Couple that with a 6.5CM and you run a laser-accurate round capable of effective hits to 800 yards with little hold over

Of course, SIG says the gun will cost $4K, sans optics.

Enter the Israeli IWI Carmel, which is now in production in the U.S. as the prospect of importing it adds a lot of flies and 922R problems to the mix.

Complete with a folding stock, fully ambidextrous controls, and a rock-solid reliable short-stroke gas piston that keeps everything cleaner (and doesn’t use the gas ring systems of the SCAR), the soft-shooting Carmel will hit the $1,600-$1,800 range and be available later this year.

Also, it uses AR-15 mags. Boom.

Moto in Miami

Always been a sucker for well-done unit photos and this one from Coast Guard Air Station Miami, showing five airborne MH-65D Dolphins hovering in unison behind five tarmacked EADS HC-144 Ocean Sentry patrol planes– the station’s entire airframe complement– is great.

Photo by USCG Aux Joey Feldman

As noted by the station:

When exceptionally hard work meets opportunity. This photo would not have been possible without the hard work of our Aviation Engineering department. They worked tirelessly to make all ten of our aircraft available in a very short time window and on top of that, they made sure all five of our MH-65 Dolphins were operational to provide an amazing backdrop for our 2023 unit photo. To our AvEng department, be proud of this accomplishment. Your hard work has paid off. Bravo Zulu!!

Coast Guard Air Station Miami first opened in June 1932 at the old Navy seaplane base on Dinner Key in Biscayne Bay next to the Pan Am station, originally flying Fokker PJ Flying Life Boats as the Coast Guard’s first “modern” aviation unit, and celebrated its 90th-anniversary last summer– a span that included flying armed Vought OS2U-3 Kingfishers on ASW patrols and CSAR during WWII.

“Coast Guard planes from the Coast Guard Air Station Miami, Florida, greeting new 165-foot patrol boat/subchaser USCGC PANDORA arrival December 6, 1934, to take station.” Top to bottom: Fokker PJ Flying Boat ACAMAR, Douglas RD-1 Amphibian SIRIUS, and Fokker PJ Flying Boat A.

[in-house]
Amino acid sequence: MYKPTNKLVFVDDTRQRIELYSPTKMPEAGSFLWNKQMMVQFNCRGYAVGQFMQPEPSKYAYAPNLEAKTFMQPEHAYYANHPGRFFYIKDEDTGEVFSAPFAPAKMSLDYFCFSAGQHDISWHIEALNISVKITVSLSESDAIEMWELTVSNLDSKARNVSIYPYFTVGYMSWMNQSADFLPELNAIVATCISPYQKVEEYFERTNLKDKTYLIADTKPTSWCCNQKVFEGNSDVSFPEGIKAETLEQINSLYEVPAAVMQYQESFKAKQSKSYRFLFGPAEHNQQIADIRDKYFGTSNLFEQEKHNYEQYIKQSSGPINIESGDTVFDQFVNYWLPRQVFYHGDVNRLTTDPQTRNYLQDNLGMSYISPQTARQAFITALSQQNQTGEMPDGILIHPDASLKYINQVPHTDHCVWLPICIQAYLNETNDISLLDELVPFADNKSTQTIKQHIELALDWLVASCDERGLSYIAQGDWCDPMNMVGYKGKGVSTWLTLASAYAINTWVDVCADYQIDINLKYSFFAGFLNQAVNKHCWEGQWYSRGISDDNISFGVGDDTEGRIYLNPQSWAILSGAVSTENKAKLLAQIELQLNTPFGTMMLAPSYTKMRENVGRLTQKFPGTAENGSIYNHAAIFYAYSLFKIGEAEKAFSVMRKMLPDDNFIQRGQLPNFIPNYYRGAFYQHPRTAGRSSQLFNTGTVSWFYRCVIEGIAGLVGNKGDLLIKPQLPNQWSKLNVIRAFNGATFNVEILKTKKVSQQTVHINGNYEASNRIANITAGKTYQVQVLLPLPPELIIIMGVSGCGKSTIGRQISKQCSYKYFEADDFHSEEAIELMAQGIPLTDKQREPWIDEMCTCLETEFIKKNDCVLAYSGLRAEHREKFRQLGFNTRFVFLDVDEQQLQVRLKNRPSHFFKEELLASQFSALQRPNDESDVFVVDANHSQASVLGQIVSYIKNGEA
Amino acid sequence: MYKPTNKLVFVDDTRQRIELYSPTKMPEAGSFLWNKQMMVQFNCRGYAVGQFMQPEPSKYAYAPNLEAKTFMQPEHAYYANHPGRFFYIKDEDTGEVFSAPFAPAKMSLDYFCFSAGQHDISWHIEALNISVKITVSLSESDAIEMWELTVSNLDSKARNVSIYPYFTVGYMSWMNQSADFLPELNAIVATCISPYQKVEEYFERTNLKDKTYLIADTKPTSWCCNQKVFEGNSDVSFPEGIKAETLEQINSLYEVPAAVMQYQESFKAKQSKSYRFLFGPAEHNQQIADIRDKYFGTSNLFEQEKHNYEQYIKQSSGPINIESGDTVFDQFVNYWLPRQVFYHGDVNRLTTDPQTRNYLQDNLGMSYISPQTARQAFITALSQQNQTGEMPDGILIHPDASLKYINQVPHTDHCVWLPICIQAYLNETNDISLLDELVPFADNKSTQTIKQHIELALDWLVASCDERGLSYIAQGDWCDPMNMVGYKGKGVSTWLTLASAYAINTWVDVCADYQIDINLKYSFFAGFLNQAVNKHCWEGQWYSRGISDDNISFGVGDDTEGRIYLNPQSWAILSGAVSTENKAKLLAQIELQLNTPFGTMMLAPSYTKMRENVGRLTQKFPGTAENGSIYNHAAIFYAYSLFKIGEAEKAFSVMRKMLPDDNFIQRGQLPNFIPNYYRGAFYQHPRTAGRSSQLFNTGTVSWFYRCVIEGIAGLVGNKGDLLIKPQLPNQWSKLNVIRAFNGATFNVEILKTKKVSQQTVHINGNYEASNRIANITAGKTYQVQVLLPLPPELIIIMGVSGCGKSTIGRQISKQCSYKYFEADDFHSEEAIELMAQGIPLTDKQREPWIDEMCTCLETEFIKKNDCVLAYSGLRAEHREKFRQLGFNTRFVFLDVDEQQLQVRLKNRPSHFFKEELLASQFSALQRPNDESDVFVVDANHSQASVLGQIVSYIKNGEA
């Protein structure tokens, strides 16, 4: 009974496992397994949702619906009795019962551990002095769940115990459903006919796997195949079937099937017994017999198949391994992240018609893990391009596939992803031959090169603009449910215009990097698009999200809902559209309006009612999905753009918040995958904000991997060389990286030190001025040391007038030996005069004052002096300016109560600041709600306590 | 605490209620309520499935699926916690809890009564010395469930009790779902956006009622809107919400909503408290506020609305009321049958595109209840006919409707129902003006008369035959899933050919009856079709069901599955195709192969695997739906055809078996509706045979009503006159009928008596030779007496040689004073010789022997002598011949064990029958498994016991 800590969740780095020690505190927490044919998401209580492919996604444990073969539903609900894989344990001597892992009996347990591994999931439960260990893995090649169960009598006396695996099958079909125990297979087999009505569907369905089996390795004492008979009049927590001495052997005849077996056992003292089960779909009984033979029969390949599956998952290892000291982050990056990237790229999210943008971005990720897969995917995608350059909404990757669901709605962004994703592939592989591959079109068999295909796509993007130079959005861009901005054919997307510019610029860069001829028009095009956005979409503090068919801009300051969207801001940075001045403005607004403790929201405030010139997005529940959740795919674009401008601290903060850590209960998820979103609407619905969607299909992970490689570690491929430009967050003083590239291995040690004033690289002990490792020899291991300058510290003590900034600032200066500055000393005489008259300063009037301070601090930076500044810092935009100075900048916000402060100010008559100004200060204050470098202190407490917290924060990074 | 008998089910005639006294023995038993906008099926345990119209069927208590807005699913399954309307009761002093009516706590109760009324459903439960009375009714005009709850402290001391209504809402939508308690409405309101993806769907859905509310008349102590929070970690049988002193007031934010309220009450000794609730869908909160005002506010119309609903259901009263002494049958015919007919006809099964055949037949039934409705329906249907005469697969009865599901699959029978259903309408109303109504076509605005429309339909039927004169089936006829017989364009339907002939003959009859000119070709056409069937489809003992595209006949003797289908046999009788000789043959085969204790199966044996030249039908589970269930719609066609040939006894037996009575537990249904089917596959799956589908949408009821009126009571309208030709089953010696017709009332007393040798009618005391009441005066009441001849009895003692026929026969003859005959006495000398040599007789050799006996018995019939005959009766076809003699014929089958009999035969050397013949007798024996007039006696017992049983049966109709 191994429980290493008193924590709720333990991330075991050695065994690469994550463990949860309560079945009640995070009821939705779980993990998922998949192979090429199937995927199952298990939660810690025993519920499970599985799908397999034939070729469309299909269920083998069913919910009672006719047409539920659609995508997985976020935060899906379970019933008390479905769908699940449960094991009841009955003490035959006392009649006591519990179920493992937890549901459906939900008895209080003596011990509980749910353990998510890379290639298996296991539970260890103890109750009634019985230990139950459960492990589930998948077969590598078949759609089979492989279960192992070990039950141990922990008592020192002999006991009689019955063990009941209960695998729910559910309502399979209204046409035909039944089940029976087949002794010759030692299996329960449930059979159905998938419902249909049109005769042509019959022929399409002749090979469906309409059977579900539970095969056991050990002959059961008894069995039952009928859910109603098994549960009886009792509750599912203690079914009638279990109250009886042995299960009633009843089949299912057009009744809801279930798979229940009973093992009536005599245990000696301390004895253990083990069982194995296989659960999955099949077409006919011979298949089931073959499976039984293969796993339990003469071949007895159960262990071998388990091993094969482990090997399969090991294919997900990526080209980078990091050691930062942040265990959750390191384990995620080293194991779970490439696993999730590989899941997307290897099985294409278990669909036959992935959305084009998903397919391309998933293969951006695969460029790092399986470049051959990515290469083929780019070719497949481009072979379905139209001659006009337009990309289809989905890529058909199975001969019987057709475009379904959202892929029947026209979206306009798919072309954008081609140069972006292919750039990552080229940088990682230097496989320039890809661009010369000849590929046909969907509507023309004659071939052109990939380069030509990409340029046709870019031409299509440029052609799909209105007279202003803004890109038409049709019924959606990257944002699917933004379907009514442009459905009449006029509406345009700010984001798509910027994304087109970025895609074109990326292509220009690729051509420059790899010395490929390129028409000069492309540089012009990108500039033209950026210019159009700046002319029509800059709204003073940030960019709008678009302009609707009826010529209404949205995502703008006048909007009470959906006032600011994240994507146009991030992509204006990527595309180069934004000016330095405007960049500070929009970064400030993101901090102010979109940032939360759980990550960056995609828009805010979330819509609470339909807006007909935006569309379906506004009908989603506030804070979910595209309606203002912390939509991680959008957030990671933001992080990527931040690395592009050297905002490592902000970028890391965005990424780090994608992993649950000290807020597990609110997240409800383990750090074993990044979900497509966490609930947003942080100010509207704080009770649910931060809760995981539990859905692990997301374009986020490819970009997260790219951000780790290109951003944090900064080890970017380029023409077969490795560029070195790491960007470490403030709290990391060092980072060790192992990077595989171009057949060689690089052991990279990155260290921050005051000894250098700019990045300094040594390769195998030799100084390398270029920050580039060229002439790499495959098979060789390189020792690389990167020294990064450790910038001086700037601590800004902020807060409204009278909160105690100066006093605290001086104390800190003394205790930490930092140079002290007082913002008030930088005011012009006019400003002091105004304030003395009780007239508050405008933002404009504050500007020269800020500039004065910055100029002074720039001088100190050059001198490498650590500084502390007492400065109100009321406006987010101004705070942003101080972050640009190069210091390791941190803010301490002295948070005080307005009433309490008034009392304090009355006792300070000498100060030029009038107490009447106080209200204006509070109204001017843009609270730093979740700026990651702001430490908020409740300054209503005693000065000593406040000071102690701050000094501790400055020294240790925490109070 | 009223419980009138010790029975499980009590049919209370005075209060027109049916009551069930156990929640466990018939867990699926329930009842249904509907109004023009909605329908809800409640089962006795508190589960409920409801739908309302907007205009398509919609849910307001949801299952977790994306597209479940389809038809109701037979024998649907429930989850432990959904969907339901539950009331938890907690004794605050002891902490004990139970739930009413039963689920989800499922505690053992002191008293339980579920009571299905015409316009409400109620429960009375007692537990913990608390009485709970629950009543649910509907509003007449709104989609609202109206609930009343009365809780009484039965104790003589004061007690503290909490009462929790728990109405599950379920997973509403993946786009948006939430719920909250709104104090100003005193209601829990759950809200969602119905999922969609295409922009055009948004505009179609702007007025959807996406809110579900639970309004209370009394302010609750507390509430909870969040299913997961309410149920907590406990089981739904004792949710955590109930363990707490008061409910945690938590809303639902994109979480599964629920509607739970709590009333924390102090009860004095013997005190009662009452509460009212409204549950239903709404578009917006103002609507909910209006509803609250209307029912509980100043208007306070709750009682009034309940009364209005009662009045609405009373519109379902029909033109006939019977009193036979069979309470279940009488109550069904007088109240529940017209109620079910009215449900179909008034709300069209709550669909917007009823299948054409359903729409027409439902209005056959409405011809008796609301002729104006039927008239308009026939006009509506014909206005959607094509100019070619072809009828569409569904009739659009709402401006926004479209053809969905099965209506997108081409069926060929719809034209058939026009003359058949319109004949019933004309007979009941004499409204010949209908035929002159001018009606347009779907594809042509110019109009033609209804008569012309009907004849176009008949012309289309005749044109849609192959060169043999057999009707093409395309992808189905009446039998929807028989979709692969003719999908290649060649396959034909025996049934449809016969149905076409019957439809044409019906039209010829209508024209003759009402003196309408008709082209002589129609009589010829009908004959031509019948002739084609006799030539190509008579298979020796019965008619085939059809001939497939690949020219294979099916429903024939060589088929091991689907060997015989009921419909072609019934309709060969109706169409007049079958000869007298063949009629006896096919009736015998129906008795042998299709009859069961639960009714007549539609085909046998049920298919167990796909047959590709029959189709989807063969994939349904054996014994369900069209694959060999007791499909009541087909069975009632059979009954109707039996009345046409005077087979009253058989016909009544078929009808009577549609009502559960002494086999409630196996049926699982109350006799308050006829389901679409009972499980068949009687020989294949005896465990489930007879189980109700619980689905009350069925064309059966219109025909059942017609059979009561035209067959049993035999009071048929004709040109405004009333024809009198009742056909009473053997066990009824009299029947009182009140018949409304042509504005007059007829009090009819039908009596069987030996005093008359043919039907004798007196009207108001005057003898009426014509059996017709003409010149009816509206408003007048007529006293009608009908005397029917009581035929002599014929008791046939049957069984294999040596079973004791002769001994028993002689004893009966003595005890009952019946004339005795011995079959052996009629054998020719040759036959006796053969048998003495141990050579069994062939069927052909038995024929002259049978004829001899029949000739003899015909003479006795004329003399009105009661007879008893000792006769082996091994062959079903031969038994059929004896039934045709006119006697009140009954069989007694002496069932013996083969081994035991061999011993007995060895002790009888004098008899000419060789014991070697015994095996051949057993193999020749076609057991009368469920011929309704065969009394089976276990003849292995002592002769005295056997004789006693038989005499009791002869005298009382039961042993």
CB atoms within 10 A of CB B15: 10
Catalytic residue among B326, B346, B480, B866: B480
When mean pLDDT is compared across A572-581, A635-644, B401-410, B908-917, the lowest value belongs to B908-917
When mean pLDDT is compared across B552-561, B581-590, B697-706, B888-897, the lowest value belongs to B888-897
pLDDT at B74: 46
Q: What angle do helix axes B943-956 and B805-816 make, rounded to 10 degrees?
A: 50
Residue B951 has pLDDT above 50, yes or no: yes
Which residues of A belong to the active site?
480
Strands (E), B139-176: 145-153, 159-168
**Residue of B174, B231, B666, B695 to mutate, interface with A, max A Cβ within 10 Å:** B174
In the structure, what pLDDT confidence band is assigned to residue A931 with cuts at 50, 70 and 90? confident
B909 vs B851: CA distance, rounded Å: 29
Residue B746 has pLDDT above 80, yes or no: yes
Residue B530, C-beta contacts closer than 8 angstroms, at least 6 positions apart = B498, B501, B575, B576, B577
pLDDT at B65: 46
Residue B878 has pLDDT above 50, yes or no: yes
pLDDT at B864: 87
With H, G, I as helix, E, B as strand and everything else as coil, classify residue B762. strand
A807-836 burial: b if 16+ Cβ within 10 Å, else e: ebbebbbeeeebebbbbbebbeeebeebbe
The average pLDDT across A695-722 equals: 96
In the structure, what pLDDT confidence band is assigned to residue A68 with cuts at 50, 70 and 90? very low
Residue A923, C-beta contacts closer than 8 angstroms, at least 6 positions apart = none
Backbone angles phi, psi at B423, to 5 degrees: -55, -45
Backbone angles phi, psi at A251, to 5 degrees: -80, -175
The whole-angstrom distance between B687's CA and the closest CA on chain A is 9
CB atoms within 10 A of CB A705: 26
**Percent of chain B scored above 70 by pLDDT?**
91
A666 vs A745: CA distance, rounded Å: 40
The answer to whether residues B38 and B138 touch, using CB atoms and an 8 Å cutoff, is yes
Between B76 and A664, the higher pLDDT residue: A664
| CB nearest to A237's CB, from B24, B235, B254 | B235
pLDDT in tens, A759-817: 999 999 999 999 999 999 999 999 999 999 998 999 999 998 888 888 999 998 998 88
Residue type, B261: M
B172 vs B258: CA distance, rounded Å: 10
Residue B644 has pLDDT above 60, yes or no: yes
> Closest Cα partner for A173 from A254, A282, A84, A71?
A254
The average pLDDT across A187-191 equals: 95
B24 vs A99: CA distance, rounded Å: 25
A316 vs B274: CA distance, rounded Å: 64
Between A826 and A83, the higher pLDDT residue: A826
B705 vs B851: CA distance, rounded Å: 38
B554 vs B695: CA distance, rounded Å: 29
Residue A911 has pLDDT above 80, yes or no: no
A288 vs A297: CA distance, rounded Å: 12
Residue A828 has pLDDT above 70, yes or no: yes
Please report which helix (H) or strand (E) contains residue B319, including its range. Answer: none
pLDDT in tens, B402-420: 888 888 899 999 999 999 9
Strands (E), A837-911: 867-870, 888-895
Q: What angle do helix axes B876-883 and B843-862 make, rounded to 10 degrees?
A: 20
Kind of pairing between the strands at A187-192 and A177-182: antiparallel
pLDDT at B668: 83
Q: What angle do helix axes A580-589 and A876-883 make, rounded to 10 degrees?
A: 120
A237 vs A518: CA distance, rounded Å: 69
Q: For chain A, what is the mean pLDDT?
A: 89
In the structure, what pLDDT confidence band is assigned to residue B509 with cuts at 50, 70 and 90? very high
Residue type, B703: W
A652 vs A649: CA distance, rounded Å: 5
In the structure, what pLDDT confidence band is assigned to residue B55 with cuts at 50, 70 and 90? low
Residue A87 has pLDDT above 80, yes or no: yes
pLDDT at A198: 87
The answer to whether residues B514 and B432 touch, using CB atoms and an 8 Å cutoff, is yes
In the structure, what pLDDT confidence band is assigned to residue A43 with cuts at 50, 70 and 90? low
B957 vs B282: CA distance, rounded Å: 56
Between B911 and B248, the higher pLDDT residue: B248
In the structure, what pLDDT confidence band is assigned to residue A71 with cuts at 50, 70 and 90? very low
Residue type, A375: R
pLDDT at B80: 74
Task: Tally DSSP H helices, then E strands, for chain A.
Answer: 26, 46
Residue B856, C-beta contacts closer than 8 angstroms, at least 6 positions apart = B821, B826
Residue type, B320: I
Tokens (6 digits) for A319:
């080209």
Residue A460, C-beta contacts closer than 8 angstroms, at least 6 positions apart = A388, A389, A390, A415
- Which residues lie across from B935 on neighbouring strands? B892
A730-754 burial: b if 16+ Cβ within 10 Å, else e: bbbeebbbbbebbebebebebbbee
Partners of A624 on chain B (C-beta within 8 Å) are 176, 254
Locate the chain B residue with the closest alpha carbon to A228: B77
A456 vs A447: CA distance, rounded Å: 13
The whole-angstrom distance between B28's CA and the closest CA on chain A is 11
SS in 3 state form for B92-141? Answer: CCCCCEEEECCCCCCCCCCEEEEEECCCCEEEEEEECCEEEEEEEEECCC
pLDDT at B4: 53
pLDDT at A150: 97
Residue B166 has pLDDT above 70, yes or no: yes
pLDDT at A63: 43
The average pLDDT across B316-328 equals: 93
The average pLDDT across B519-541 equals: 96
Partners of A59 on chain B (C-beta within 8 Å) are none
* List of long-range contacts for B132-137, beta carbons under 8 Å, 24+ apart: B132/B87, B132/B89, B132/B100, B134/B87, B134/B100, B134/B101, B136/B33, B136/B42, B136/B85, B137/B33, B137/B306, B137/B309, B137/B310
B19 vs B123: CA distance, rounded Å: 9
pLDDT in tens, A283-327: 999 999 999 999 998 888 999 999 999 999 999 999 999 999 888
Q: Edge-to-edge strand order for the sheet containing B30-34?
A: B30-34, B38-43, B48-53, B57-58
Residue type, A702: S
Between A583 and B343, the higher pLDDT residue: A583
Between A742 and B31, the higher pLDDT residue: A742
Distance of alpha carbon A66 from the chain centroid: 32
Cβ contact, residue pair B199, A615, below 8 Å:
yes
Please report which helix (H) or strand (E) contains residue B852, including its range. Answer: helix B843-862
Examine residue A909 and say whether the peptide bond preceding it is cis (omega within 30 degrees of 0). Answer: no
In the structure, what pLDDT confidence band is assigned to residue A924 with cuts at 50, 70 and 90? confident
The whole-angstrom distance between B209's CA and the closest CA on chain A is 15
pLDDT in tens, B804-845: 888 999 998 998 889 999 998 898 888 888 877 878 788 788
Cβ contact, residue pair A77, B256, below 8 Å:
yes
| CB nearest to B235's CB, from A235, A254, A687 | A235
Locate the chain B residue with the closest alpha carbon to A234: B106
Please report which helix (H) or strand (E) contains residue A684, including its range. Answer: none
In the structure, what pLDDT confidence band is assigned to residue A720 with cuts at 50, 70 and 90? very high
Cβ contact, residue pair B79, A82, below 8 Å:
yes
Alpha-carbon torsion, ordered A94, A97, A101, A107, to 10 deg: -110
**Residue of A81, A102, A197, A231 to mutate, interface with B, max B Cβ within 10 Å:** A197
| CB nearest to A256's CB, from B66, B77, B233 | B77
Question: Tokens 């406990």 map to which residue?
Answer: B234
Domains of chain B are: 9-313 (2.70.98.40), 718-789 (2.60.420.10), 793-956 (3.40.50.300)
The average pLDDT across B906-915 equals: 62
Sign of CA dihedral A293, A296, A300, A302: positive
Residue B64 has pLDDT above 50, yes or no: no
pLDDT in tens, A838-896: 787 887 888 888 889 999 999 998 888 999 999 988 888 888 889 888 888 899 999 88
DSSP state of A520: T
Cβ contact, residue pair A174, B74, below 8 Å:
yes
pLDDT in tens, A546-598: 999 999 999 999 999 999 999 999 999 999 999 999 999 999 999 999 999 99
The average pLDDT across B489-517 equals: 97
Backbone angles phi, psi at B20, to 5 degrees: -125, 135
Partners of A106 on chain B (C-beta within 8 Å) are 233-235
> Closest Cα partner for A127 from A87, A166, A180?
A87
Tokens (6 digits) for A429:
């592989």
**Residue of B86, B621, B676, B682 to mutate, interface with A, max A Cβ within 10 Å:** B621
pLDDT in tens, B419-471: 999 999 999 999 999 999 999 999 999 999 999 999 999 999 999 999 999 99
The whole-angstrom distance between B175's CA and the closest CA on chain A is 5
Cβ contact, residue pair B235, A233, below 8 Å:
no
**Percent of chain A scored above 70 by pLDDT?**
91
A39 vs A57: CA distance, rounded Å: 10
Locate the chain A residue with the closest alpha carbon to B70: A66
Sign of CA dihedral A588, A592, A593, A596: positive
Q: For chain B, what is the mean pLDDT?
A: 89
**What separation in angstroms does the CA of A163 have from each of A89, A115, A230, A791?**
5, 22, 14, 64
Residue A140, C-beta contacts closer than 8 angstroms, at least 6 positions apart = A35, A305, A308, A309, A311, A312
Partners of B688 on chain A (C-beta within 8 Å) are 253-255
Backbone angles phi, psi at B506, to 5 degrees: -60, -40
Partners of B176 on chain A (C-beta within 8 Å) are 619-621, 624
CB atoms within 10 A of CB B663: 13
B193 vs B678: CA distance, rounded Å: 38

For those curious:

U.S. Coast Guard Air Station Miami employs a highly trained and exceptionally motivated crew of 339 personnel, comprised of 71 Officers, 255 Enlisted, and 13 Civilians. Its fixed-wing and rotary-wing aircraft conduct a variety of Coast Guard missions from Charleston, S.C. to Key West, and throughout the Caribbean Basin. Air Station (CGAS) Miami is located at Opa-Locka Executive Airport.

 

One door closes, another opens

U.S. Marines participate in the deactivation ceremony for 3d Battalion, 3d Marines, 3d Marine Division on Marine Corps Base Hawaii, Jan. 13, 2023. The battalion is deactivating in accordance with Force Design 2030 as the Marine Corps modernizes to remain the premier crisis response force. (U.S. Marine Corps photo by Sgt. Israel Chincio)

In Marine Corps news this month, 3d Battalion, 3d Marines cased its colors during the unit’s deactivation ceremony at Marine Corps Base Hawaii, on 13 January 2023.

Surely it is a bad sign when a famed unit– one that formerly counted Commandant Krulak, John Ripley of Dong Ha bridge fame, Ollie North, Dakota Meyer, and “Terminal Lance” Maximilian Uriarte– cases its colors on Friday the 13th.

The move will allow for the transformation of 3d Marines to the 3d Marine Littoral Regiment.

Of note, first stood up on 1 June 1942, 3/3 Marines were bled white in the liberation of Guam in July 1944, suffering over 400 casualties, half its strength.

Speaking of which, the Corps is marking the naming and reactivation of Marine Corps Base Camp Blaz, on Jan. 26, 2023, on Guam. MCBCB is named in honor of the late Brig. Gen. Vicente ‘Ben’ Thomas Garrido Blaz, the first Chamorro Marine to attain the rank of general officer.

Thirteen years old when the Japanese invaded Guam during World War II, Blaz worked in labor camps, building aviation fields, planting rice, and digging trenches until American forces retook the island in 1944. Post-war, following a BS from Notre Dame, he would serve in the Marines in both Korea and Vietnam.

The base will be the first Marine installation after Marine Barracks Guam was deactivated on Nov. 10, 1992. Ultimately 5,000 Marines will be stationed there, ironically “partially funded by a large monetary contribution from the Government of Japan,” as part of a pivot of Marines from Okinawa.

“MCBCB will play an essential role in strengthening the Marine Corps’ geographically distributed, operationally resilient, and politically sustainable posture in the Indo-Pacific region.”

« Older Entries Recent Entries »